This is my first post and I've decided to make a thread right away. I just want to ask about how should I work on my maths?

Not so long ago I flunked one mathematics quiz, I don't know if it's because I'm not studying hard enough or if it's because of my careless mistakes or if it's plain stupidity. Either way, it's still kind of frustrating.

I'm only taking freshman level math courses, so I'm yet to experience the more rigorous maths in my curriculum (I'm a physics major). Now, after flunking that one quiz I've studied and reviewed my stuff and also I've picked on the habit of working on as many problem sets as I can everyday. Now my question is, is this enough? And also, general advice regarding math.

Sorry if I have a bad english.

We can't really know if it's enough. Only you will be able to know this.
Try to get hold of some practice quizzes and try to solve them within the time limit. If you do good, then you're doing ok.

I guess there's no helping it, I'd really appreciate it if you guys could link me to practice quizzes online (lower level courses from trig to calculus) though.

chiro
I guess there's no helping it, I'd really appreciate it if you guys could link me to practice quizzes online (lower level courses from trig to calculus) though.
Hello mathsciguy and welcome to the forums.

One piece of advice I can give you is to figure out what the big picture is and then use your homework/assignments to clarify the specifics.

With calculus (differential and integral, standard Riemann type) the real understanding is knowing what is changing (differential) and what that actually means. The computation is also important, but it comes after formulating the specific model that you intend to look at.

A lot of the rules used in applications of calculus pop straight up from the definition. Some of these definitions might require a few innovative tricks, but many results are no more than using the machinery of algebra to derive some specific result.

If you can derive the model and then use algebra/other tools to solve a problem then that's great. If you can not really understand what you are doing, then focus on that first. Algebra is important also, but my opinion is that it is more important to know the big picture about what is really going on, because the algebra is a lot easier to learn than the higher level concepts.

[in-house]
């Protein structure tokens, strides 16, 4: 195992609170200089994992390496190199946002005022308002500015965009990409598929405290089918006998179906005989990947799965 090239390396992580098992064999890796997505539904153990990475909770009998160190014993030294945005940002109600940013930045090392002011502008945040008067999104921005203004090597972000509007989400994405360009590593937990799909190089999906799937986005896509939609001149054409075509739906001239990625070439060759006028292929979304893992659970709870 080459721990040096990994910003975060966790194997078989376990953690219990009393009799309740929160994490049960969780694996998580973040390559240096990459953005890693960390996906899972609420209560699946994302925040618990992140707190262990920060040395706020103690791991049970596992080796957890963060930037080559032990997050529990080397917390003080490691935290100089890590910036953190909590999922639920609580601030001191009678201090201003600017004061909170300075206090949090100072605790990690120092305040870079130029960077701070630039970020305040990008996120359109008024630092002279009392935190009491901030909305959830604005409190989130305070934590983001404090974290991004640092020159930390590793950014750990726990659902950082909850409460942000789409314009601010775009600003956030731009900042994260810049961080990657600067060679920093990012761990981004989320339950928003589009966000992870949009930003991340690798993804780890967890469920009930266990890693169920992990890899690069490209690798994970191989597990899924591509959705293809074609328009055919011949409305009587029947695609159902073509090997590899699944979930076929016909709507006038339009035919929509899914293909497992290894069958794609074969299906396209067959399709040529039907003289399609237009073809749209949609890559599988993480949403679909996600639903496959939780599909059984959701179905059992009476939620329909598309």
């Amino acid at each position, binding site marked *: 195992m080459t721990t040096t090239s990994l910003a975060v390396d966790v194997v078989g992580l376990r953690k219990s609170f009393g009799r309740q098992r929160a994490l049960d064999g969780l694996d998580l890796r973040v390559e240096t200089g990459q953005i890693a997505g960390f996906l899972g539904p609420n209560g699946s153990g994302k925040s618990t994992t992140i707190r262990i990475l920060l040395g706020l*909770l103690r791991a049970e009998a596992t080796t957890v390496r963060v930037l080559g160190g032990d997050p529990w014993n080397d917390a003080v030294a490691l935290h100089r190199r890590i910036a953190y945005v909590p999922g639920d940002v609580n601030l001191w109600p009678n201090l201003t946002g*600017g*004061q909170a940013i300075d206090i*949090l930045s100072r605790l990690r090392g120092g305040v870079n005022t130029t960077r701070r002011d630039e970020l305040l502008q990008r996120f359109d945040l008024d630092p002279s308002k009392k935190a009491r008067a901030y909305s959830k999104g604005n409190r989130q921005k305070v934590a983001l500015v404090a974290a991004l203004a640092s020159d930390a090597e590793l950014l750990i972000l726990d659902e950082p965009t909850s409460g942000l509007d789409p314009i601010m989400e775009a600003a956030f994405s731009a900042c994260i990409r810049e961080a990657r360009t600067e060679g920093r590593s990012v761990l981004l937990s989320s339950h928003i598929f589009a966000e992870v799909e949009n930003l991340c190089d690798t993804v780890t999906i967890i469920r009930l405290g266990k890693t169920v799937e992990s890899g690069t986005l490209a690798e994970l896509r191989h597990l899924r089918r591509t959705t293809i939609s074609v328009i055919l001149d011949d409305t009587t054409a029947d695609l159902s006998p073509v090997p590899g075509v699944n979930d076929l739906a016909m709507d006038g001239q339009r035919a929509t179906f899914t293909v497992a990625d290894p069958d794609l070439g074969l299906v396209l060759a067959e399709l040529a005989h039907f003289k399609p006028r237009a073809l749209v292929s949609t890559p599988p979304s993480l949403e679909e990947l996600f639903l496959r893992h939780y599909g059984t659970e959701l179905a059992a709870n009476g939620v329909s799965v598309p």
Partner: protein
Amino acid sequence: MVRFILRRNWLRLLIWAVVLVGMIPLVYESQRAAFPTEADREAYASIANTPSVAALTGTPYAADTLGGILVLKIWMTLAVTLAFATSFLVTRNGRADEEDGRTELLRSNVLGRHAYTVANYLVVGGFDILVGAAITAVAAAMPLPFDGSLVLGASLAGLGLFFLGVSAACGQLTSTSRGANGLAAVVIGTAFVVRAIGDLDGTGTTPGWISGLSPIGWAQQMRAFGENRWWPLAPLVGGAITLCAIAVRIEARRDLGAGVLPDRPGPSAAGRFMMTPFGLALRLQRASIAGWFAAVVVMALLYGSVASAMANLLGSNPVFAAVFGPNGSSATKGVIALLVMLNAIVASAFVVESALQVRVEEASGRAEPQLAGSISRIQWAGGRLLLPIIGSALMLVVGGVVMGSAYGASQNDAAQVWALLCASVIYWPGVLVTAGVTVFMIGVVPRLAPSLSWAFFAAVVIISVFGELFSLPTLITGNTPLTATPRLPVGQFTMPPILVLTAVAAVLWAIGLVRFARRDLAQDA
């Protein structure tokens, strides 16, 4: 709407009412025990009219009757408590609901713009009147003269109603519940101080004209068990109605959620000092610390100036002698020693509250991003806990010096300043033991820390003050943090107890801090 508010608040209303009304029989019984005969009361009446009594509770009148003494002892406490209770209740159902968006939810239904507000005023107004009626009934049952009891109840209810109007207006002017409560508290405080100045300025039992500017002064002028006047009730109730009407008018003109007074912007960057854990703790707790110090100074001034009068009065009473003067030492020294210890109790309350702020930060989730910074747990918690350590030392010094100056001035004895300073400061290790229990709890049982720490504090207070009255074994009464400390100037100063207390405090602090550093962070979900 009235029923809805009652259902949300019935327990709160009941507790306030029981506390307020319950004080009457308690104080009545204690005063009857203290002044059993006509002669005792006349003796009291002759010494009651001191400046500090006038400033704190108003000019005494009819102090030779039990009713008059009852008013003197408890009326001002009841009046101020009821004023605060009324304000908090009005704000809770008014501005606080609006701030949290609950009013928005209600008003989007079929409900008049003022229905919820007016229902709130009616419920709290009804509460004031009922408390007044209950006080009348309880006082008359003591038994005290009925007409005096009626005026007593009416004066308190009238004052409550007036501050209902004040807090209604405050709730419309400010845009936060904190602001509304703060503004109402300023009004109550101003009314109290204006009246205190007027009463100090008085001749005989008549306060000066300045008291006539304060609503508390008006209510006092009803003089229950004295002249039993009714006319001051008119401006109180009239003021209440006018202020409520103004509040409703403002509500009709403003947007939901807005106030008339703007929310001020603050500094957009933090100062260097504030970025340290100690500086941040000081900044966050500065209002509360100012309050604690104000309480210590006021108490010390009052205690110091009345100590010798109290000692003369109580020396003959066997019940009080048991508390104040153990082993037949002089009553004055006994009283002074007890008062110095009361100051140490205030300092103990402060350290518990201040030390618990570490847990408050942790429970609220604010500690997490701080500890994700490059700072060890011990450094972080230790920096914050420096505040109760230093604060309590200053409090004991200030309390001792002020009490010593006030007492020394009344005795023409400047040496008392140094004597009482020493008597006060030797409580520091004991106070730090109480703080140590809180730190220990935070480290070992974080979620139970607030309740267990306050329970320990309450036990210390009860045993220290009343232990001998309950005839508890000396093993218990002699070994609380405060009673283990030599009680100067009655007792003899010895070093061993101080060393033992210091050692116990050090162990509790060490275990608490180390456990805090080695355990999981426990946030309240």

With calculus (differential and integral, standard Riemann type) the real understanding is knowing what is changing (differential) and what that actually means. The computation is also important, but it comes after formulating the specific model that you intend to look at.

A lot of the rules used in applications of calculus pop straight up from the definition. Some of these definitions might require a few innovative tricks, but many results are no more than using the machinery of algebra to derive some specific result.

If you can derive the model and then use algebra/other tools to solve a problem then that's great. If you can not really understand what you are doing, then focus on that first. Algebra is important also, but my opinion is that it is more important to know the big picture about what is really going on, because the algebra is a lot easier to learn than the higher level concepts.
Thank you sir, that's what I actually do first. I study the concepts and proofs as in depth as I could then I go straight to practicing with the problem sets that I have. One of my problems though is that I tend to get really messy when I'm doing calculations and solutions. That's why I usually end up missing signs or doing wrong arithmetic along the way when I'm solving. Though I suppose I just need more practice in actual problem solving.